In recent years, the specialty coffee and tea industry has undergone many changes in response to the increasing demands of connoisseurs. Since then has developed a new, exotic drink on the market that is Cascara tea also known as coffee husk tea. Although there has been a lot of writing about it since 2014 and the drink is slowly appearing in coffee shops around the globe, it can still be difficult to find, especially for Vietnam. Therefore, many people, even though they have heard of it, are still very curious, so what is this drink really?
Cascara means "husk", "husk" or "skin" in Spanish, is the dried skin of the coffee cherries. These pods are harvested after the beans have been removed from the coffee cherries, then they are dried in the sun before being packed and shipped. These dry coffee pods are not the same as tea bags - the main visual difference is that the coffee pods are slightly larger than tea leaves and have a wood grain resembling raisins or the pods of a nut. The neat part of this whole process is that it not only allows the coffee plant to be used in an innovative way, but is also environmentally friendly. Typically, coffee pods are considered a by-product of the brewing process and either discarded as waste or used as compost. Now, these coffee pods are reused to create a unique beverage of its own.
The taste of Cascara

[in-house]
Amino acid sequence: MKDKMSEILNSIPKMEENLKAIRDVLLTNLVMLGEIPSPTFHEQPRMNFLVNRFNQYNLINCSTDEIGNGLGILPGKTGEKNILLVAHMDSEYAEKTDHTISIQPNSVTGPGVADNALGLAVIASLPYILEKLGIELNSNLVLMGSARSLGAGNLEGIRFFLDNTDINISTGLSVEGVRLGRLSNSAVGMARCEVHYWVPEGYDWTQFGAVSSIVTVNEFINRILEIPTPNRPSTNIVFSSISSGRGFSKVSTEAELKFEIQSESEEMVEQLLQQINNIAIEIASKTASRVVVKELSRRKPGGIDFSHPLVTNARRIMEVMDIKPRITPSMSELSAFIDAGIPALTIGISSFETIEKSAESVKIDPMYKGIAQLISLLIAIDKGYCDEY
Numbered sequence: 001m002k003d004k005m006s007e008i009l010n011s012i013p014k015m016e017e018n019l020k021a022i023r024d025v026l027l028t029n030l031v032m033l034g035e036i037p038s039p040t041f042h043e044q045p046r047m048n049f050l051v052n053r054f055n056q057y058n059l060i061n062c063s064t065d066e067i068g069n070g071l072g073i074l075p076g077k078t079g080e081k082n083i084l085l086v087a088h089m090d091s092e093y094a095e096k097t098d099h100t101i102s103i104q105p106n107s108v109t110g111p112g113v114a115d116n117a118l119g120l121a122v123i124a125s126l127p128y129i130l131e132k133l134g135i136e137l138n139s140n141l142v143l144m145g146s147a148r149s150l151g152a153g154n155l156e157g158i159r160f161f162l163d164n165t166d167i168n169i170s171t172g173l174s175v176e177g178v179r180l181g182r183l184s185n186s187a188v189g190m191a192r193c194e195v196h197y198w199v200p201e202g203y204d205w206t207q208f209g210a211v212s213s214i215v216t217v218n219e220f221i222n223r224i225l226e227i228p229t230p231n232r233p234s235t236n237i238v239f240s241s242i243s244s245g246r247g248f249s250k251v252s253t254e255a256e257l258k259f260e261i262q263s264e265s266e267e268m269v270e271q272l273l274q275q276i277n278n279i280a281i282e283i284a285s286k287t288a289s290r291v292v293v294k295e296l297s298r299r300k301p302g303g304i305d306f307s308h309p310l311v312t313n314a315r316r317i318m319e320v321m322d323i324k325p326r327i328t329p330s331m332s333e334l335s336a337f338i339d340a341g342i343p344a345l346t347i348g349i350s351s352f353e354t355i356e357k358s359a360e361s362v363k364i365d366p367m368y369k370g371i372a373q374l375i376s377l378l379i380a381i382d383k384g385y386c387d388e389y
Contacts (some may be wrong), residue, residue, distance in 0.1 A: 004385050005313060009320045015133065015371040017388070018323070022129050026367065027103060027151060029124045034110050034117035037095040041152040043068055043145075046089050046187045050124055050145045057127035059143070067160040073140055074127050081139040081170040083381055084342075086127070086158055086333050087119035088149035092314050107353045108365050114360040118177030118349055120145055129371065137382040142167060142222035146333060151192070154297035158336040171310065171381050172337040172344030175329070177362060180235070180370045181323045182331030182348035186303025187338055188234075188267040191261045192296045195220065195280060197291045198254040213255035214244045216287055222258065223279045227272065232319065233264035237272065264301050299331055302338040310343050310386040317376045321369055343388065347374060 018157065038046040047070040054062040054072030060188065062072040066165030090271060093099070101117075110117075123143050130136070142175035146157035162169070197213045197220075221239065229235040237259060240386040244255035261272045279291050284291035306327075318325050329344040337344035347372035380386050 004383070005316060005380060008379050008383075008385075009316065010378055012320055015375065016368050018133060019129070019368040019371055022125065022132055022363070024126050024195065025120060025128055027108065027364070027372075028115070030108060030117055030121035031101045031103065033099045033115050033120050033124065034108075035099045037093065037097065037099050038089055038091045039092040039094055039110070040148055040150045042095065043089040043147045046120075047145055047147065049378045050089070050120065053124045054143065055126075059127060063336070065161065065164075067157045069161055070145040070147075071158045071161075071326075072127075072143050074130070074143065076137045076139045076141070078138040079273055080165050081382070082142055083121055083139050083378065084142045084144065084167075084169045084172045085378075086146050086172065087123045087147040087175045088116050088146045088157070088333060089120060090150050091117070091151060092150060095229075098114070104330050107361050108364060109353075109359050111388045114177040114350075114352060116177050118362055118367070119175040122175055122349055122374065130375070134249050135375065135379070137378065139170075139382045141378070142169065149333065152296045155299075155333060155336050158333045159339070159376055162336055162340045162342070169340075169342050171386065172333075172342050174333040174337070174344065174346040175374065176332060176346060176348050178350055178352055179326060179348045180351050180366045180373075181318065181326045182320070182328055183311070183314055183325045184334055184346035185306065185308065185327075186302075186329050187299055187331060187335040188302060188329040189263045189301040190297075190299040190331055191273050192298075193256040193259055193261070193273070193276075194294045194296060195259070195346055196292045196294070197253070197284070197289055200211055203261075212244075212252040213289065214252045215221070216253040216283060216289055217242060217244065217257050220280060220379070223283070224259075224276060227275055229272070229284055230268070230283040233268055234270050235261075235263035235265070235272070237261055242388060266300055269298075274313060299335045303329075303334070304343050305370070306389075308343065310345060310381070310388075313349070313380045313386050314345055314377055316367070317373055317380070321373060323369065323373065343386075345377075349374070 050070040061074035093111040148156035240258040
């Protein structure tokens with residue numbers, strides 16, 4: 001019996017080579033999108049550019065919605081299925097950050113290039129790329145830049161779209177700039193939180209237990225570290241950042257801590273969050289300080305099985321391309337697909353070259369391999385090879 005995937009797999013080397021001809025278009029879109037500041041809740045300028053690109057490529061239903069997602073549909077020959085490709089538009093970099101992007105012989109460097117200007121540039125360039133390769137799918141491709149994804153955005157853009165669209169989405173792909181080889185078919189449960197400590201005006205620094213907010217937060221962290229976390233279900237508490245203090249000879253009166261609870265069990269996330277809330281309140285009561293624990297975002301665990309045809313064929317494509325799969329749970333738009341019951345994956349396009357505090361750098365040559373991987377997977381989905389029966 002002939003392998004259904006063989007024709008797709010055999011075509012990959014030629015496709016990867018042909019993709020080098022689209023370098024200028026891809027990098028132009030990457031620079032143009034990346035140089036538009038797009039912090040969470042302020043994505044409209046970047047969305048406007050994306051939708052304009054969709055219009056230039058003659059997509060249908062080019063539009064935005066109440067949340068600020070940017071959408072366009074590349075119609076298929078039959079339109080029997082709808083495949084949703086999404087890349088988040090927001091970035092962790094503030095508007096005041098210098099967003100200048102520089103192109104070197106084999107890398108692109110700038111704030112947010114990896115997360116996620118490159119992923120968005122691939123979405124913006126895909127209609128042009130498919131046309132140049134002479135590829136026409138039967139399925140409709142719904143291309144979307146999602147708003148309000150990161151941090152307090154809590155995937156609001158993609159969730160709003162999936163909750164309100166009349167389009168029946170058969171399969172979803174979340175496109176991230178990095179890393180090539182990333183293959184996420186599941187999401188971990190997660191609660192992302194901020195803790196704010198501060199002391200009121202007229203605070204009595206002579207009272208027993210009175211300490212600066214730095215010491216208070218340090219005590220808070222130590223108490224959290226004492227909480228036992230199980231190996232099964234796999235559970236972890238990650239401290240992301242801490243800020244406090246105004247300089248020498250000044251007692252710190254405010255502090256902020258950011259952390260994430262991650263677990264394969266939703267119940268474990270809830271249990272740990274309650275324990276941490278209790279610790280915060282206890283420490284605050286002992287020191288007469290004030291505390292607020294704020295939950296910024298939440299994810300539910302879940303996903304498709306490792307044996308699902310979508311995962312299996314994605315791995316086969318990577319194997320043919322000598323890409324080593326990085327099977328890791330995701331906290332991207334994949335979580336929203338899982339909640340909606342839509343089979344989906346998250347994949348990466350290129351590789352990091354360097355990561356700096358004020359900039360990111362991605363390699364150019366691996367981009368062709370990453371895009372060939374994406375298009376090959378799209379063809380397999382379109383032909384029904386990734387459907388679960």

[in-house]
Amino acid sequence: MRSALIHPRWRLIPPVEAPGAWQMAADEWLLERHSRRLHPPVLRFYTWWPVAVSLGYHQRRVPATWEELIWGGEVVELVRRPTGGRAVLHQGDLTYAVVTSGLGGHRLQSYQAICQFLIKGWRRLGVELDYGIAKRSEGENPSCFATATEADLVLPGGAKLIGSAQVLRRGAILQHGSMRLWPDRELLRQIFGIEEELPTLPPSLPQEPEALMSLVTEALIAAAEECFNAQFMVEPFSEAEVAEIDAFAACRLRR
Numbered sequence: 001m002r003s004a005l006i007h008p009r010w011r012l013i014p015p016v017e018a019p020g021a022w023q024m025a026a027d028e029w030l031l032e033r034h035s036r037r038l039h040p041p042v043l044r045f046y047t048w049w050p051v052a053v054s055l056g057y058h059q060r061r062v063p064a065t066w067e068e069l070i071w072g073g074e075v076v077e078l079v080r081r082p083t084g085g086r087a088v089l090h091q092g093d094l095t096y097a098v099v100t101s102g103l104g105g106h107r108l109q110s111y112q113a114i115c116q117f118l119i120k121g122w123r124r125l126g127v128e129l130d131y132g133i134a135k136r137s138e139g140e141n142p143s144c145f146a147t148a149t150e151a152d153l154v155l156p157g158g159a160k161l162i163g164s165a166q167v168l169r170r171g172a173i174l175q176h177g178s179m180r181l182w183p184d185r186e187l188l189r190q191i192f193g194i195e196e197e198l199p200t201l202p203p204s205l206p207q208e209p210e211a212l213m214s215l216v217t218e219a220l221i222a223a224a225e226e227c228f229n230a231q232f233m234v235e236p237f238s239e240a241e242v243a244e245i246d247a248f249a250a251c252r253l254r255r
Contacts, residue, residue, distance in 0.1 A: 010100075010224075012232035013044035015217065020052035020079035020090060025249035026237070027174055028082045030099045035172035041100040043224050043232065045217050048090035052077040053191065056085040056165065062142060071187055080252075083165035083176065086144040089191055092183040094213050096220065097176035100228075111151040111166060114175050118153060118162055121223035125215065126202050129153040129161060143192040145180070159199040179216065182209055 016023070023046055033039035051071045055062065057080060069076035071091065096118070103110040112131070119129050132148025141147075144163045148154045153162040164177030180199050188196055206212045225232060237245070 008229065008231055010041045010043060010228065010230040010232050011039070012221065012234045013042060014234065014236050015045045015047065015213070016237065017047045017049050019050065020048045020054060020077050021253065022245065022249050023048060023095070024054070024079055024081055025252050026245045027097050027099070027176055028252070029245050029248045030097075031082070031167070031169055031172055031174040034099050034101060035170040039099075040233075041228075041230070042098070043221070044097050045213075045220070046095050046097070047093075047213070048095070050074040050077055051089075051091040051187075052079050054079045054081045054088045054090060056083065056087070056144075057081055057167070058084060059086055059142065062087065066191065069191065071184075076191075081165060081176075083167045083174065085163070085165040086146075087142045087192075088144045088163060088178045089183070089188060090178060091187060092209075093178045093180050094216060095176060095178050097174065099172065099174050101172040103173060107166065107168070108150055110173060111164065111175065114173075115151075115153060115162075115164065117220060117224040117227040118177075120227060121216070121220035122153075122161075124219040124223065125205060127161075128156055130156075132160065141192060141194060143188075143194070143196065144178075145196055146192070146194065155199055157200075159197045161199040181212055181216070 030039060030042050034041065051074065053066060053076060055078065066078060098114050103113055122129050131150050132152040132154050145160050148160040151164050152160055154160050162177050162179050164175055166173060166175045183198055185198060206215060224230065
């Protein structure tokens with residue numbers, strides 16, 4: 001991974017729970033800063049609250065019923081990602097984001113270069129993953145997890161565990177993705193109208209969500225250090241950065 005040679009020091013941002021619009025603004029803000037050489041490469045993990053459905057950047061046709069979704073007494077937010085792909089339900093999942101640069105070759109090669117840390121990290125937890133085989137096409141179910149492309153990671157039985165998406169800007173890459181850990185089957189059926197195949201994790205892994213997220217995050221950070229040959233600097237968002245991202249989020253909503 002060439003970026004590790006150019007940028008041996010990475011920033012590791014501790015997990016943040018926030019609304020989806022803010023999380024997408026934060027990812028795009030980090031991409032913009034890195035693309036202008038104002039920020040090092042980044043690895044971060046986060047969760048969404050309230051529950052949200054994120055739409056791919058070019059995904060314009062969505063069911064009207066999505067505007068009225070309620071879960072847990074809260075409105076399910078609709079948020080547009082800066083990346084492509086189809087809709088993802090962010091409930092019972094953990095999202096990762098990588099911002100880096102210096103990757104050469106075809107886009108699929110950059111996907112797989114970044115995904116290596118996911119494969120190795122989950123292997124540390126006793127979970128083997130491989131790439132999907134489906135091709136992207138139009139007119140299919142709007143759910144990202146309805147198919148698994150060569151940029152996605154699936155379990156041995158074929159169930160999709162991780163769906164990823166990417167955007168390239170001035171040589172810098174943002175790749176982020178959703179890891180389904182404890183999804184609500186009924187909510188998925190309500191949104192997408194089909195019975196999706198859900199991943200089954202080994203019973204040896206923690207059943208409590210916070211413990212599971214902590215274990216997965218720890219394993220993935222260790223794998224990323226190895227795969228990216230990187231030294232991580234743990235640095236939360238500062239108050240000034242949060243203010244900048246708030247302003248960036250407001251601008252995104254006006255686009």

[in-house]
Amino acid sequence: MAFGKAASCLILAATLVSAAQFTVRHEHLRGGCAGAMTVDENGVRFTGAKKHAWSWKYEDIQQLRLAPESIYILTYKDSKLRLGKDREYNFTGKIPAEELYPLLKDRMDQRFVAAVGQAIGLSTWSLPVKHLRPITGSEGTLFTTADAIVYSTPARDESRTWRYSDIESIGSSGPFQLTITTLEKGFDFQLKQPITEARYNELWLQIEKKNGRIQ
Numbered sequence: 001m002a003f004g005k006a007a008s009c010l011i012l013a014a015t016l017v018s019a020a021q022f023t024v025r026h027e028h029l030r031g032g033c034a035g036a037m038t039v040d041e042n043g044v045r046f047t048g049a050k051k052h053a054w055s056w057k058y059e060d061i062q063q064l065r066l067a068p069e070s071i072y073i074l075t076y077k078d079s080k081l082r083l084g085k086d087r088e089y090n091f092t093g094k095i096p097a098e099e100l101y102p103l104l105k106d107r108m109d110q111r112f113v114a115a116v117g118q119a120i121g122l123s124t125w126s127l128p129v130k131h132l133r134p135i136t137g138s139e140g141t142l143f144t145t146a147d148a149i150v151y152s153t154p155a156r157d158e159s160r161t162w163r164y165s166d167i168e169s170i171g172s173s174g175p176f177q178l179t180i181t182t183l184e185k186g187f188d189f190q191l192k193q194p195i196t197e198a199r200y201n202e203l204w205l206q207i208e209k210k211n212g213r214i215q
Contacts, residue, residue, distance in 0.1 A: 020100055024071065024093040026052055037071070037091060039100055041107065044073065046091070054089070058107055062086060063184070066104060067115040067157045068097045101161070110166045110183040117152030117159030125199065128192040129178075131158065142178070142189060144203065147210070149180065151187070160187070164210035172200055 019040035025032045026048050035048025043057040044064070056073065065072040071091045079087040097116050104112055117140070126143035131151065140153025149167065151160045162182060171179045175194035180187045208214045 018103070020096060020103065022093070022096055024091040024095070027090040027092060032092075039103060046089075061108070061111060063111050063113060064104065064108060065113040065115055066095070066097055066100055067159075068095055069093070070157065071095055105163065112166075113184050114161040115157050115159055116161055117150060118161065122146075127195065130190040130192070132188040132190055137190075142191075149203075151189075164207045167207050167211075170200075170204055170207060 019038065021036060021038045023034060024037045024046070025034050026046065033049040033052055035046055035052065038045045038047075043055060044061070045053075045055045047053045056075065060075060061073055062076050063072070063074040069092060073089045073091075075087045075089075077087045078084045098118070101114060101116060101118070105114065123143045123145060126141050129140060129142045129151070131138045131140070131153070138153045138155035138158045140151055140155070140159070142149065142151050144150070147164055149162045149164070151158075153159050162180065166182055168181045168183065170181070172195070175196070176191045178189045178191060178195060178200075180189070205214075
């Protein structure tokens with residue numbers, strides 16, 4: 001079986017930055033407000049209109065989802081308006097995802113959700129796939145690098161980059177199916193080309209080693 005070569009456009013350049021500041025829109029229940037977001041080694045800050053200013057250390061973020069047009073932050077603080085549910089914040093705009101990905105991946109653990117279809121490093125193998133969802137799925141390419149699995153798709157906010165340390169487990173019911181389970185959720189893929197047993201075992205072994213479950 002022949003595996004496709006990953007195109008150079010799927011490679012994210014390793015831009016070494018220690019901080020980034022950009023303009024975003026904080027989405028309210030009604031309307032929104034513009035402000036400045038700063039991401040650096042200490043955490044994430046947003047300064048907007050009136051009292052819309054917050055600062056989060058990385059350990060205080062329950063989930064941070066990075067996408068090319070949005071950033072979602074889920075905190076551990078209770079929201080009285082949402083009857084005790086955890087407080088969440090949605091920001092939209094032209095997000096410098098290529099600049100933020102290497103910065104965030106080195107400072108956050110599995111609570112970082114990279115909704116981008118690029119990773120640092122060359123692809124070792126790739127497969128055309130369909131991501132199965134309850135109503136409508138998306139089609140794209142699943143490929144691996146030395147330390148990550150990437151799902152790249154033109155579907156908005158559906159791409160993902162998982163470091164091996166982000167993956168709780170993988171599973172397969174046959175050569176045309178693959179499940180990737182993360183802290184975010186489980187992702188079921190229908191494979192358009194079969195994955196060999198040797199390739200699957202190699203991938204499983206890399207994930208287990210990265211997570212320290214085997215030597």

Cascara is found somewhere at the intersection of coffee and tea, although it comes from the coffee plant, the drink doesn't taste like coffee at all. Cascara is often described as having a sweet and sour fruit flavor with notes of rose, hibiscus, cherry, mango or even tobacco. Likewise, cascara does not have the same caffeine content as coffee.
Cascara is not really coffee, nor is it tea, because it comes from the genus coffea (coffee) instead of the plant Camellia sinensis (tea) so it cannot be classified as a true tea
Cascara is not what some people imagine when they think of herbal tea, as cascara is made from fruit rather than herbs. However, there are several types of tisanes (herbs) made from fruit, so perhaps the best for cascara is fruit tisane.
Coffee tea may be a new Vietnamese drink, but it has been popular in other parts of the world for some time. According to some articles on foreign sites, coffee growers in Yemen and Ethiopia have in fact dried and brewed coffee like this for many centuries - possibly before the first coffee beans. first used to make a drink, in these countries dry coffee pods are often steeped with spices such as ginger, nutmeg or cinnamon to form an aromatic drink known as Hashara in Ethiopia or Qisher in Yemen. This drink is still popular & consumed more often than coffee in Yemen because it is cheaper.
Method of preparation: There are two ways to prepare: hot and cold.
Hot brew: Same with most herbal teas. Proceed to mix about 5-7g of cascara (equivalent to 1-2 tablespoons) for 30ml of boiled water, can add a little honey, sugar to enhance the taste or add ginger, nutmeg, cinnamon to enjoy. a traditional Qisher glass.
Cold brew: Cascara is also brewed cold and drunk as an iced tea. Use about 30g of cascara (equivalent to 6 tablespoons) for 300ml of cold water, store in the refrigerator for 24 hours. Wait and enjoy.In addition, today there have been many innovations in the preparation of cascara such as: cascara wine, soda cascara...
Uses of Cascara
Currently in the world there is no exact research on the use of cascara tea, but cascara is still being used a lot in countries around the world. Cascara is used as a refreshing herbal tea for refreshment, because it contains good antioxidants for the body and contains very little caffeine content, has a strange, unique and delicious taste.